Browse series:

    1. Introduction: Deep Strength
    2. Feature: Deep Strength
    3. Deep Humility
    4. Deep Vulnerability
    5. Deep Priority
    6. Deep Friendship
    7. Deep Endurance
    8. Deep Church

    Spiritual reflection:

    We have been made right with God because of our faith. Now we have peace with him because of our Lord Jesus Christ. [2] Through faith in Jesus we have received God’s grace. In that grace we stand. We are full of joy because we expect to share in God’s glory. [3] And that’s not all. We are full of joy even when we suffer. We know that our suffering gives us the strength to go on. [4] The strength to go on produces character. Character produces hope.

    Romans 5:1-4 NIrV

    Spiritual questions:

    • Write down 3-5 words describing how you typically respond to suffering?
    • How does this Scripture teach us we should respond to suffering? Explain.
    • What might be the purpose of suffering?
    • Do you think there are avoidable and unavoidable forms of suffering? Explain.
    • Could unavoidable forms of suffering be necessary for our development?
    • How might our character be strong or weak based on our attitude towards suffering?
    • Explain how we can be joyful in our suffering? Why? How?
    • Why does character produce hope?

    Spiritual prayer:

    There may be nothing in life more difficult and disillusioning for our faith than suffering. No one doubts God in the middle of blessing. We doubt God when we are receiving the opposite of everything we are asking for (at least that is how I usually respond.)

    For this prayer about suffering to be valuable, we must not merely grin and bear the pain, but must seek to understand God’s thinking and purposes. The answers we gave to the questions above should provide plenty of internal truth to help us speak honestly with God.

    We have to question and even argue with God about our suffering. Tell him when we believe our suffering is undeserved, has gone on too long, or is so painful that we are finding it difficult to trust or remain faithful.

    At the same time, deeply reflect to see the purposes of God, and perhaps find it in your heart to thank him for your suffering, not just after the fact, but sometimes in the midst of it, because your faith has allowed you to see its long term value.

    Suffering is wasted if we don’t walk through it with God, questioning him to understand, relying on him to make it through, and ultimately triumphing as he turns the ugly beautiful (Romans 8:28-32 Voice).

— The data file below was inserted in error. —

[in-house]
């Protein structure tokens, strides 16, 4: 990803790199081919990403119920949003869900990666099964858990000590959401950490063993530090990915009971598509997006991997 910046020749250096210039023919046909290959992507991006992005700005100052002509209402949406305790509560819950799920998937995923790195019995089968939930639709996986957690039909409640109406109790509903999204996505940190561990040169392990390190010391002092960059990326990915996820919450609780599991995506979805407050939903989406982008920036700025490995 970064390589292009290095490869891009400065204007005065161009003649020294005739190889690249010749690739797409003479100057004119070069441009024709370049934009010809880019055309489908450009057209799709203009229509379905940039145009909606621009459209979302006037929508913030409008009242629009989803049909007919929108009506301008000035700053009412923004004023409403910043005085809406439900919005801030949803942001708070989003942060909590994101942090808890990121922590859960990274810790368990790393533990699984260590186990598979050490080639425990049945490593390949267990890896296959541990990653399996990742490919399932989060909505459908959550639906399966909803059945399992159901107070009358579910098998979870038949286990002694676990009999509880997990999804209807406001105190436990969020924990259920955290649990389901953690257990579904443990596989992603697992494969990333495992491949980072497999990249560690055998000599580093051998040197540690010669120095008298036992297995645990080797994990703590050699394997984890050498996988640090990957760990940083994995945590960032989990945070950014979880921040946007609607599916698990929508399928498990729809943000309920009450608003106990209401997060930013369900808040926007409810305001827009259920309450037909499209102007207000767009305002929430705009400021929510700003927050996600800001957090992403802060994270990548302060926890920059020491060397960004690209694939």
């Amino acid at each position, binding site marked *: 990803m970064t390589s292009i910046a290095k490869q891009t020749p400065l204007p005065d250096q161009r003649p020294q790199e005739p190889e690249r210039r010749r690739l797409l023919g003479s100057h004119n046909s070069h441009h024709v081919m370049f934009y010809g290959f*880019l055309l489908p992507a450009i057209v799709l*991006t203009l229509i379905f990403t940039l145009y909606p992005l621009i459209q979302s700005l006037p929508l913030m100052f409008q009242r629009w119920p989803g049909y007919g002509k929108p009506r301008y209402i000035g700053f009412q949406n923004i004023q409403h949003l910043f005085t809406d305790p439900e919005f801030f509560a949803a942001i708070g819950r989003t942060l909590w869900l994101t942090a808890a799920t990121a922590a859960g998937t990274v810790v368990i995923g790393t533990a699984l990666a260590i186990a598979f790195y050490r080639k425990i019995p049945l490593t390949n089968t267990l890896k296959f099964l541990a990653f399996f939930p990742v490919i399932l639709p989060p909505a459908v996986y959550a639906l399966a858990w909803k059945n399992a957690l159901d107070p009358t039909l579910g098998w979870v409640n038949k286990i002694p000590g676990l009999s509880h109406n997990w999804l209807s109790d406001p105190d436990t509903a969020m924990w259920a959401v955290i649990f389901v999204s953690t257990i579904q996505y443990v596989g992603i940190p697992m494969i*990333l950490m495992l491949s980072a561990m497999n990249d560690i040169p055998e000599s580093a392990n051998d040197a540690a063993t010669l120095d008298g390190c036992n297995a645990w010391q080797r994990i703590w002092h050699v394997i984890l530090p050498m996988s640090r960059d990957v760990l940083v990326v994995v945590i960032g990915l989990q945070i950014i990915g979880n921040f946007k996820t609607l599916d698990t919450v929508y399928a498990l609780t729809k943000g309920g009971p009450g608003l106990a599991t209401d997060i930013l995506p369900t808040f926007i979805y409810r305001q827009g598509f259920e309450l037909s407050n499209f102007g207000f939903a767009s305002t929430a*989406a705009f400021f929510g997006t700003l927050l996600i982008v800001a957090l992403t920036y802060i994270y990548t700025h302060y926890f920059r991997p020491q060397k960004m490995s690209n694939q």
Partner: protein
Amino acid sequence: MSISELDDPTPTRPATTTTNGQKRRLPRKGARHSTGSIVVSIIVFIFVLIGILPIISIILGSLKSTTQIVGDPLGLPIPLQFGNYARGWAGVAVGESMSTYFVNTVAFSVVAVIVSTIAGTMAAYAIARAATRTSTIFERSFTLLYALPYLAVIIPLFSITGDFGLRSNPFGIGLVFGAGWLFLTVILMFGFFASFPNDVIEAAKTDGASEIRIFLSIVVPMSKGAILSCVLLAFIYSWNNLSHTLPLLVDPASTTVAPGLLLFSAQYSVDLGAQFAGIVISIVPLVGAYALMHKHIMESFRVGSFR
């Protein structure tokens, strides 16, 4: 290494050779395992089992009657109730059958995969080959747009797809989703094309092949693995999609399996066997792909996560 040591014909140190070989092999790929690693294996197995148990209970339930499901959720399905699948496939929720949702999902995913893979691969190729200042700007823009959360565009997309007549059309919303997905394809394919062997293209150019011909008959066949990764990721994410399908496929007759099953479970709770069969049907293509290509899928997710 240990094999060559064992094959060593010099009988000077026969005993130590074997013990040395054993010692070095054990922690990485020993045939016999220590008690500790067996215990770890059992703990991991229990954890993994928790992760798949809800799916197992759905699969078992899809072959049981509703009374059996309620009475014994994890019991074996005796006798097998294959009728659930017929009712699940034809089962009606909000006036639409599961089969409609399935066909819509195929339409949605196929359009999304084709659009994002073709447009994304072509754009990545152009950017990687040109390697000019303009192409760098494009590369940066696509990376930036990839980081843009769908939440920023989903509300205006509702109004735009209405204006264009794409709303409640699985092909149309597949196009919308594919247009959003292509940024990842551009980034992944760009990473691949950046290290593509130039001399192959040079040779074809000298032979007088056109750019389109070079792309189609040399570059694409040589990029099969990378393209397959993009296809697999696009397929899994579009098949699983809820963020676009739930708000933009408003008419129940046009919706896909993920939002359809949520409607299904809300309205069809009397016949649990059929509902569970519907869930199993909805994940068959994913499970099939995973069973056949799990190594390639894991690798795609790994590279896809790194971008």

Spiritual commitment:

    The book of 1 Peter might be the reason I am faithful to God today. I think I read it every day for the first several weeks I was a Christian. At that time, I thought being a Christian was suffering, (which was a woefully inaccurate conclusion that accumulation of years coupled with ‘real’ suffering has cleared up.)

    As a result of my varied life experiences, I have found 1 Peter to be a master class in how to understand, endure, and even conquer suffering. It will be your reading commitment for this quiet time.

    The best thing to do is use your answers to the questions as a reference point, where you allow 1 Peter to confirm or correct your thinking. Do you have the right attitude toward suffering? What is God’s attitude toward suffering? Can anyone avoid suffering? How can a person be joyful during suffering?

    In the end, you should develop a strengthening faith capable of helping you faithfully endure anything, anytime, anywhere, because you know God is working for your good (Romans 8:28-32 Voice).

    Spiritual conversation:

    I long to see you so that I may impart to you some spiritual gift to make you strong— [12] that is, that you and I may be mutually encouraged by each other’s faith.

    Romans 1:11-12 NIV

    Find someone whom you know is suffering, and do everything within your power to reduce their pain and give them hope. This not only should be a conversation and Bible study, but should include action as well.

    How can you serve them in such a way that you communicate empathy toward their situation? What type of card or note can you write to ease their pain and strengthen their faith? If they have children, how can you relieve their parenting load, as they fight personal suffering their kids may be too young to understand?

    One last thing: There are not nearly enough Bible studies being shared to help people understand and endure suffering joyfully. Anything you can do to create a few, and share them would be appreciated by more people than you can imagine.


    As the Editor-in-Chief for Deep Spirituality, Russ Ewell writes, teaches, and innovates with his eyes on the future. His teaching is rooted in providing hope for those turned off by tradition, and infused with vision for building the transformative church for which the 21st century hungers. His passion to inspire even the most skeptical to view God through fresh eyes can be found in his book “When God Isn’t Attractive”.

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